CrossRef Full Text | Google Scholar

Aksnes, D., and Sivertsen, G. (2004). The effect of highly cited papers on national citation indicators. Scientometrics 59, 213–224. doi: 10.1023/B:SCIE.0000018529.58334.eb

CrossRef Full Text | Google Scholar

ARC (2019). State of Australian University Research 2018-19. ERA National Report 2018–19. Available online at:

Bautista-Puig, N., Mañana-Rodriguez, J., De Filippo, D., Serrano-López, A. E., Lascuráin-Sánchez, M. L., García-Zorita, C., et al. (2020). Actividad investigadora de las universidades españolas (VII). Informe Annual/Periodo 2009–2018. Observatorio IUNE. Available online at:

Bollen, J., Van de Sompel, H., Hagberg, A., and Chute, R. (2009). A principal component analysis of 39 scientific impact measures. PLoS ONE 4:e6022. doi: 10.1371/journal.pone.0006022

PubMed Abstract | CrossRef Full Text | Google Scholar

Bornmann, L., de Moya Anego', N. F., and Leydesdorff, L. (2012). The new excellence indicator in the world report of the SCImago institutions rankings 2011. J. Inform. 6, 333–335. doi: 10.1016/j.joi.2011.11.006

CrossRef Full Text | Google Scholar

Bornmann, L., Stefaner, M., de Moya Anego', N. F., and Mutz, R. (2014). Ranking and mapping of universities and researchfocused institutions worldwide based on highly-cited papers: a visualization of results from multi-level models. Online Inform. Rev. 38, 43–58. doi: 10.1108/OIR-12-2012-0214

CrossRef Full Text | Google Scholar

Buela-Casal, G., Bermúdez, M. P., Sierra, J. C., Quevedo-Blasco, R., Castro, A., and Guillén-Riquelme, A. (2011). Ranking de 2010 en producción y productividad en investigación de las universidades públicas españolas. Psicothema 23, 527–536. Available online at:

Google Scholar

Buesa, M., Hieijs, J., and Kahwash, O. (2009). La Calidad de las Universidades en España. Elaboración de un Índice Multidimensional. Madrid: Consejo Económico y Social.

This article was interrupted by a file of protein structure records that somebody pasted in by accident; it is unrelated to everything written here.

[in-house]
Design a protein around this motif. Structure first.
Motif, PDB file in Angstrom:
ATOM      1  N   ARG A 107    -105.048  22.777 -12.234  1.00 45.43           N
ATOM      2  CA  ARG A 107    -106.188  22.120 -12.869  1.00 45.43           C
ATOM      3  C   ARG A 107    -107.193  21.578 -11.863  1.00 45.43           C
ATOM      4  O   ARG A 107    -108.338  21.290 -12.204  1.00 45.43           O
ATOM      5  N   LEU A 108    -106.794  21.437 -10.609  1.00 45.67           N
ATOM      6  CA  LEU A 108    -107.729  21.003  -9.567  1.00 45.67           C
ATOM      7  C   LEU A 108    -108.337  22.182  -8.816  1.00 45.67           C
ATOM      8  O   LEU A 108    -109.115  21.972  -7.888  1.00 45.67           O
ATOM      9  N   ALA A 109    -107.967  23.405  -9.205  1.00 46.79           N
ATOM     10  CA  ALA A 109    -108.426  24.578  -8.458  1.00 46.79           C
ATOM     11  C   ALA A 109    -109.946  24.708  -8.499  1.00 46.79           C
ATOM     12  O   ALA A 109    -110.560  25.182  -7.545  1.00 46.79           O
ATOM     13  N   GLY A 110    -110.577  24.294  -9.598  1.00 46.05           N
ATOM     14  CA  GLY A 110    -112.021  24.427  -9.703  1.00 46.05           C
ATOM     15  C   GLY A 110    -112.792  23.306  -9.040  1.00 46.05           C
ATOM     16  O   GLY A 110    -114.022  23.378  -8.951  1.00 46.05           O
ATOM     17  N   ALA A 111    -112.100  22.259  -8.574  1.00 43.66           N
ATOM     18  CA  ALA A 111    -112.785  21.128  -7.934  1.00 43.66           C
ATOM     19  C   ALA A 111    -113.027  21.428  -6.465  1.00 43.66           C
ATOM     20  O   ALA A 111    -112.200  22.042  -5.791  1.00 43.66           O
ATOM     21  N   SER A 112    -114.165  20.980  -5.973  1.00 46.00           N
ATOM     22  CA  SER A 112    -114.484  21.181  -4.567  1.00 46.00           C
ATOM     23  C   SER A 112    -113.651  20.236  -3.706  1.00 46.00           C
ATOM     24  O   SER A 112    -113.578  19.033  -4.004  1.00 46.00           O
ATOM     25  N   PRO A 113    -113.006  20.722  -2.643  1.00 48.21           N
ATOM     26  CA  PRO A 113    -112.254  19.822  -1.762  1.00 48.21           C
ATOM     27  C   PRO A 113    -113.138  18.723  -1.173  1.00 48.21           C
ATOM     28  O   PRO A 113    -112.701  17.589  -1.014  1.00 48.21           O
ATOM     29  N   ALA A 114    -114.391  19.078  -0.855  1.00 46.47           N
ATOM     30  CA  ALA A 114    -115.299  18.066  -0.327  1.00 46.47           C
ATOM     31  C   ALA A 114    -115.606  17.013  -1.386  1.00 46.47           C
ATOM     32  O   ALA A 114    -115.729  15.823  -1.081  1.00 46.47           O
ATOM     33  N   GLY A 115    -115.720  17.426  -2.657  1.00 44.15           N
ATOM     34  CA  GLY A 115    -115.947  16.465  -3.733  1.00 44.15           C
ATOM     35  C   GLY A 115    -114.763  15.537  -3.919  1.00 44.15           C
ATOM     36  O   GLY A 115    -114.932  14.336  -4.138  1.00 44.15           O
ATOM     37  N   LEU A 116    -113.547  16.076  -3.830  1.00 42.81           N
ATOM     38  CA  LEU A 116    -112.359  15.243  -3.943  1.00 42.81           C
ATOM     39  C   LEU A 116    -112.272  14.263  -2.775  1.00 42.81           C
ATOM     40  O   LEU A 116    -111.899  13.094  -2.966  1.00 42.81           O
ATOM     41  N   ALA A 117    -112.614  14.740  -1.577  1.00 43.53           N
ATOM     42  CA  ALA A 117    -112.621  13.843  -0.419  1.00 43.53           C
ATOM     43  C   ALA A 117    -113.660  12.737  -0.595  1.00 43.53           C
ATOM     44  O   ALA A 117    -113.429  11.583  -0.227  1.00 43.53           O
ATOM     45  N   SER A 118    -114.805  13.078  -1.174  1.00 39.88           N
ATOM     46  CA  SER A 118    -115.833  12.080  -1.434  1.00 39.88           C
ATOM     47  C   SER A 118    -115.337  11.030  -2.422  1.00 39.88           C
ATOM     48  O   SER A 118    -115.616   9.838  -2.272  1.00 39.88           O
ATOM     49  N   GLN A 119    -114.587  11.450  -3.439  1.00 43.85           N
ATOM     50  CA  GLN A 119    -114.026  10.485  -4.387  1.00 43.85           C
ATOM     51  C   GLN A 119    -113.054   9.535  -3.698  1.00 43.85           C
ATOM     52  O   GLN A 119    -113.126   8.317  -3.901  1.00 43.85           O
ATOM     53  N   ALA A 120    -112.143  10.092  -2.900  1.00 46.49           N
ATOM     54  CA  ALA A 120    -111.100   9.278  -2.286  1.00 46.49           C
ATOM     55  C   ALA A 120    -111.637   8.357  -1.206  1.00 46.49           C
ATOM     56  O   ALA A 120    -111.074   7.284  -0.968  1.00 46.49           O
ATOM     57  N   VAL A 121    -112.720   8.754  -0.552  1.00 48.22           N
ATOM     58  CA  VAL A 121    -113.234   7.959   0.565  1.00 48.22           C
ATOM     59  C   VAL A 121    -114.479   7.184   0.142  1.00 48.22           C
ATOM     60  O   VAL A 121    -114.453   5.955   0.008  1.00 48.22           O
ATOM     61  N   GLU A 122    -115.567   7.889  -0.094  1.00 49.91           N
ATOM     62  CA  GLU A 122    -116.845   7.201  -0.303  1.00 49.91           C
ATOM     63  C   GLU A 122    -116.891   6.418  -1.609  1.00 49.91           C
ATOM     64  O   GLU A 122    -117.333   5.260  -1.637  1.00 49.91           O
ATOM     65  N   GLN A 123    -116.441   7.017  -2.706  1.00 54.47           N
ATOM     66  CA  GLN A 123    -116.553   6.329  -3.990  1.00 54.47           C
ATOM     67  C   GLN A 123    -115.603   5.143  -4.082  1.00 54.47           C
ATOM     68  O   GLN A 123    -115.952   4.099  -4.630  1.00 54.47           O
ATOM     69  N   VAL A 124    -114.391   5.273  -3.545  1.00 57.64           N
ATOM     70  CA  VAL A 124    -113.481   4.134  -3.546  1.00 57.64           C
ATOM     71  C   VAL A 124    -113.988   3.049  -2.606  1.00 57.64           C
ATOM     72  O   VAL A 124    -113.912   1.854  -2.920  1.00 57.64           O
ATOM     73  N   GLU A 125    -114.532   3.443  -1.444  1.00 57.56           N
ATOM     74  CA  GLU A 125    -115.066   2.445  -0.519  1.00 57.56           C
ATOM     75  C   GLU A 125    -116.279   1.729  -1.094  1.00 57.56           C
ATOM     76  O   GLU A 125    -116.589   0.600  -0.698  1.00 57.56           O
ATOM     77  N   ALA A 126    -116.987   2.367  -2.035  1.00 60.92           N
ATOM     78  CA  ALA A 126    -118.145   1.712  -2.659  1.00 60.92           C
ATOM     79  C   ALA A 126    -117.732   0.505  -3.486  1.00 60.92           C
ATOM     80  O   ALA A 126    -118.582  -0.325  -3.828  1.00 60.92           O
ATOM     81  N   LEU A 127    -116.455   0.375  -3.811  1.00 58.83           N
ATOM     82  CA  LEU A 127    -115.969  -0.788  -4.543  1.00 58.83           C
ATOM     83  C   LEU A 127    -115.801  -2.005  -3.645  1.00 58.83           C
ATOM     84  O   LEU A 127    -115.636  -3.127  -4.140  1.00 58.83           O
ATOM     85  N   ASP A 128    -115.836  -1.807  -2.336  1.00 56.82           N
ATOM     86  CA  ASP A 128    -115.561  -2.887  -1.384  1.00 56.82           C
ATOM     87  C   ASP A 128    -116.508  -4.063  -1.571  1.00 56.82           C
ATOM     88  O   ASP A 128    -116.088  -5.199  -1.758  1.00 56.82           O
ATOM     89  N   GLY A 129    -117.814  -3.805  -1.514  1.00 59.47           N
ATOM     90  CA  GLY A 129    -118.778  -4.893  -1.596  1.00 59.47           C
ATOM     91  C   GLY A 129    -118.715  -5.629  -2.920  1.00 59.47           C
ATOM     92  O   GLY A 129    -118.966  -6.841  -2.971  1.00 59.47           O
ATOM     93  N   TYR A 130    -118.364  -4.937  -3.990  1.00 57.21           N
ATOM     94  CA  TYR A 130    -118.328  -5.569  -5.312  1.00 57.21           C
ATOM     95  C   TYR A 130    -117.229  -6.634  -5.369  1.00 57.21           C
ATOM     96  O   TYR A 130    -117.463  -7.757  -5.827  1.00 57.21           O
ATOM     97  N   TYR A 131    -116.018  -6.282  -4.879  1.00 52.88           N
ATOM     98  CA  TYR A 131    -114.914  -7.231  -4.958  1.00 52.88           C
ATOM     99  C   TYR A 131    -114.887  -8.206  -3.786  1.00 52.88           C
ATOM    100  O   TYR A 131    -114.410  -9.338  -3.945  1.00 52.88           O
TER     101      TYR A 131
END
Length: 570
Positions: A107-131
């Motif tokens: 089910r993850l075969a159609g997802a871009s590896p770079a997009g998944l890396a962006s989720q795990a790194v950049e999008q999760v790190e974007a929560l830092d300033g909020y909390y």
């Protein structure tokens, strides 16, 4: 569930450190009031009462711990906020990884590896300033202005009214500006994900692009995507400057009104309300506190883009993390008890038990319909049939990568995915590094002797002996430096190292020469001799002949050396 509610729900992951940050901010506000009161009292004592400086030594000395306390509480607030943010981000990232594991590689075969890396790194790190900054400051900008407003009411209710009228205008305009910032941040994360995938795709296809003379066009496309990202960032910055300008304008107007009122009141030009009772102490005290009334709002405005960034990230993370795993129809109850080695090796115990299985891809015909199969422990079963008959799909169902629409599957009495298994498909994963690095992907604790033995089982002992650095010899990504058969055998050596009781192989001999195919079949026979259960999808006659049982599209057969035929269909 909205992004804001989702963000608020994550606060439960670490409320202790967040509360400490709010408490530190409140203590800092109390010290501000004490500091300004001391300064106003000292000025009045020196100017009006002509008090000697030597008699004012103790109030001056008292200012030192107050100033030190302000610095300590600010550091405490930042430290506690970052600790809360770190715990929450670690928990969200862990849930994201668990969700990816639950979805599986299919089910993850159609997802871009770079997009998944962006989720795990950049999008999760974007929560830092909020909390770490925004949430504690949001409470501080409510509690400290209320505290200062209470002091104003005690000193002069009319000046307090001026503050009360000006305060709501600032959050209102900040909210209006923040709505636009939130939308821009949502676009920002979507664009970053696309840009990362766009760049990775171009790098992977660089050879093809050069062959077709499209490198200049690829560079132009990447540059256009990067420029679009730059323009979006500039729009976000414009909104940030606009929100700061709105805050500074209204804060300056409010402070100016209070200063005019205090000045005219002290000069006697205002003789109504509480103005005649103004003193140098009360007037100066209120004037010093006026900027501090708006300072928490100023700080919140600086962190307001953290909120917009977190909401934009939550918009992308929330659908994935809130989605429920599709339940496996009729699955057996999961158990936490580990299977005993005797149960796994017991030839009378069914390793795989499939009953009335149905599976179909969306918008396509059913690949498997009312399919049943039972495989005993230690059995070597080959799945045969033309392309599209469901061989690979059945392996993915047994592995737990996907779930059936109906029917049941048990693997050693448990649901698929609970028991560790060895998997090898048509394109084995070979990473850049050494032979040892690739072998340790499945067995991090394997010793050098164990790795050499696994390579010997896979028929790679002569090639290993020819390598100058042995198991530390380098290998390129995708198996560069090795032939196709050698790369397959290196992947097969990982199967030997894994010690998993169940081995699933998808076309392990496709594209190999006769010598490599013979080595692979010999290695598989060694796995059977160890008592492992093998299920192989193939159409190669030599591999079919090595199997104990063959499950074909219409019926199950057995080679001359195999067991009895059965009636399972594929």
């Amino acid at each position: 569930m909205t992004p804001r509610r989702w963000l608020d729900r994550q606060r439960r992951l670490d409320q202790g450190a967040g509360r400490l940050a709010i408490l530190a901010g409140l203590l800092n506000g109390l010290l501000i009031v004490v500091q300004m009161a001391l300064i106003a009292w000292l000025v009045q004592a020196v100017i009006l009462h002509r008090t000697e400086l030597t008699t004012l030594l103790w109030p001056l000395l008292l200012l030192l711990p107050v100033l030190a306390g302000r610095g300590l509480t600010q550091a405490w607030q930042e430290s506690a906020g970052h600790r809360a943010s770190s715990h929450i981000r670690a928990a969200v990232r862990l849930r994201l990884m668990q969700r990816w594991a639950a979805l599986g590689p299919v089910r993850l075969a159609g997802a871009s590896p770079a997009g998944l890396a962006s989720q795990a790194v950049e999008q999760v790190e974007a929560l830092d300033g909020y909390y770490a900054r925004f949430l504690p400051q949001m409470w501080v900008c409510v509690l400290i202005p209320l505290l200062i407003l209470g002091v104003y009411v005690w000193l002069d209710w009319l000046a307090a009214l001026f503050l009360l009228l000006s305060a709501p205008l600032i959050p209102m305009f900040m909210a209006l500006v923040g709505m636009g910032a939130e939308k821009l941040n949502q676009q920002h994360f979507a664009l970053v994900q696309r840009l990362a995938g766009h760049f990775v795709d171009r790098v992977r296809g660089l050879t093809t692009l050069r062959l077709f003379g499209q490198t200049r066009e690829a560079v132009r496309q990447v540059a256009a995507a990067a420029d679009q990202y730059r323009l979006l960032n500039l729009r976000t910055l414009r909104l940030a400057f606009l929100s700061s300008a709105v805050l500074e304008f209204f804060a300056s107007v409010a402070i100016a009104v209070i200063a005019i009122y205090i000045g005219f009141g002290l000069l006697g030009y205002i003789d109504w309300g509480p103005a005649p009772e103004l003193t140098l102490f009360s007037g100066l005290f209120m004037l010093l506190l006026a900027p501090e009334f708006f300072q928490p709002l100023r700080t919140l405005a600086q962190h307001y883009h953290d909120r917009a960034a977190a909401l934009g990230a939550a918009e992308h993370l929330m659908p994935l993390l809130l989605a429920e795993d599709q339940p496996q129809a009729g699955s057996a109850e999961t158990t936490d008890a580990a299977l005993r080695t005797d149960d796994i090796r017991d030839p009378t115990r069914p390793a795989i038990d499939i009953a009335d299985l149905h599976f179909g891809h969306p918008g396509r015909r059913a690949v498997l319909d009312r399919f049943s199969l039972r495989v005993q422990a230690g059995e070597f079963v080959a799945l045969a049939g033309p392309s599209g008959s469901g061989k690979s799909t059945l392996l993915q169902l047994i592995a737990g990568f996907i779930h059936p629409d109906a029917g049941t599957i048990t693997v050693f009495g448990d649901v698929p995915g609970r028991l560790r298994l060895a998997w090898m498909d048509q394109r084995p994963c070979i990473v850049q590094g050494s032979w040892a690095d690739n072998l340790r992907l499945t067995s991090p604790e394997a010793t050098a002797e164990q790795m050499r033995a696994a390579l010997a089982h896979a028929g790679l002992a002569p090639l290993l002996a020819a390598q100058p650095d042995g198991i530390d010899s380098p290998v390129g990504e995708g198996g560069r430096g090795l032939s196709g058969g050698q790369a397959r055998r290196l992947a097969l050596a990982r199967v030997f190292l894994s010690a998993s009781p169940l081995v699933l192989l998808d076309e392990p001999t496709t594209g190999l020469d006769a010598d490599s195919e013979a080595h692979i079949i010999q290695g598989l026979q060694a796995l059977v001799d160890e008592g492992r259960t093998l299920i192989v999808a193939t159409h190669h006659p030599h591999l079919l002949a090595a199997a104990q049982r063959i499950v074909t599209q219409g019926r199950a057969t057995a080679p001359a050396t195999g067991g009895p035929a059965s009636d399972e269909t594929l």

Casani, F., De Filippo, D., García-Zorita, C., and Sanz-Casado, E. (2013). Public versus private universities: assessment of research performance, case study of the Spanish university system. Res. Evaluat. 23, 48–61 doi: 10.1093/reseval/rvt028

CrossRef Full Text | Google Scholar

Clarivate Analytics (2020). InCites Essential Science Indicators. Highly Cited Threshold. Available online at:

Corera, E., Chinchilla, Z., De-Moya, F., and Sanz Menéndez, L. (2010). “Producción científica e impacto: ranking general y por áreas de las instituciones universitarias españolas,” in Contribución de las Universidades Españolas al Desarrollo. Informe CYD 2009, (Barcelona: Fundación CyD), 254–262.

Google Scholar

Danell, R. (2011). ‘An the quality of scientific work be predicted using information on the author's track record? J. Am. Soc. Inform. Sci. Technol. 62, 50–60. doi: 10.1002/asi.21454

CrossRef Full Text | Google Scholar

De Filippo, D., García-Zorita, C., Lascurain, M. L., Marugán, S., and Sanz-Casado, E. (2014). La actividad investigadora del Sistema Universitario Español (2003-2012). Presentación de los resultados del Observatorio IUNE (III Edición). Rev. Iberoam. Psicol. Salud 5, 167–186. Available online at:

Google Scholar

De Filippo, D., and Sanz-Casado, E. (2018). Bibliometric and altmetric analysis of three social science disciplines. Front. Res. Metr. Anal. 3:34. doi: 10.3389/frma.2018.00034

CrossRef Full Text | Google Scholar

De Filippo, D., Sanz-Casado, E., Casani, F., García-Zorita, C., and Efraín-García, P. (2012). Visibility in international rankings. Strategies for enhancing the competitiveness of Spanish universities. Scientometrics 93, 949–966. doi: 10.1007/s11192-012-0749-y

CrossRef Full Text | Google Scholar

European Commission (2001) Key Figure 2001. Special Edn. Indicators for Benchmarking of National Research Policies. Brussels.

Garfield, E. (1955). Citation indexes to science: a new dimension in documentation through association of ideas. Science 122, 108–111. doi: 10.1126/science.122.3159.108

PubMed Abstract | CrossRef Full Text | Google Scholar

Garfield, E. (2006). The history and meaning of the journal impact factor. JAMA 295, 90–93. doi: 10.1001/jama.295.1.90

PubMed Abstract | CrossRef Full Text | Google Scholar

Hellqvist, B. (2010). Referencing in the humanities and its implications for citation analysis. J. Am. Soc. Inform. Sci. Technol. 61, 310–318. doi: 10.1002/asi.21256

CrossRef Full Text | Google Scholar

Hu, Z., Tian, W., Xu, S., and Zhang, C. (2018). Four pitfalls in normalizing citation indicators: an investigation of ESI's selection of highly cited papers. J. Inform. 12, 1133–1145 doi: 10.1016/j.joi.2018.09.006

CrossRef Full Text | Google Scholar

Huang, M. H., and Chang, Y. W. (2008). Characteristics of research output in social sciences and humanities: from a research evaluation perspective. J. Am. Soc. Inform. Sci. Techno. 59, 1819–1828. doi: 10.1002/asi.20885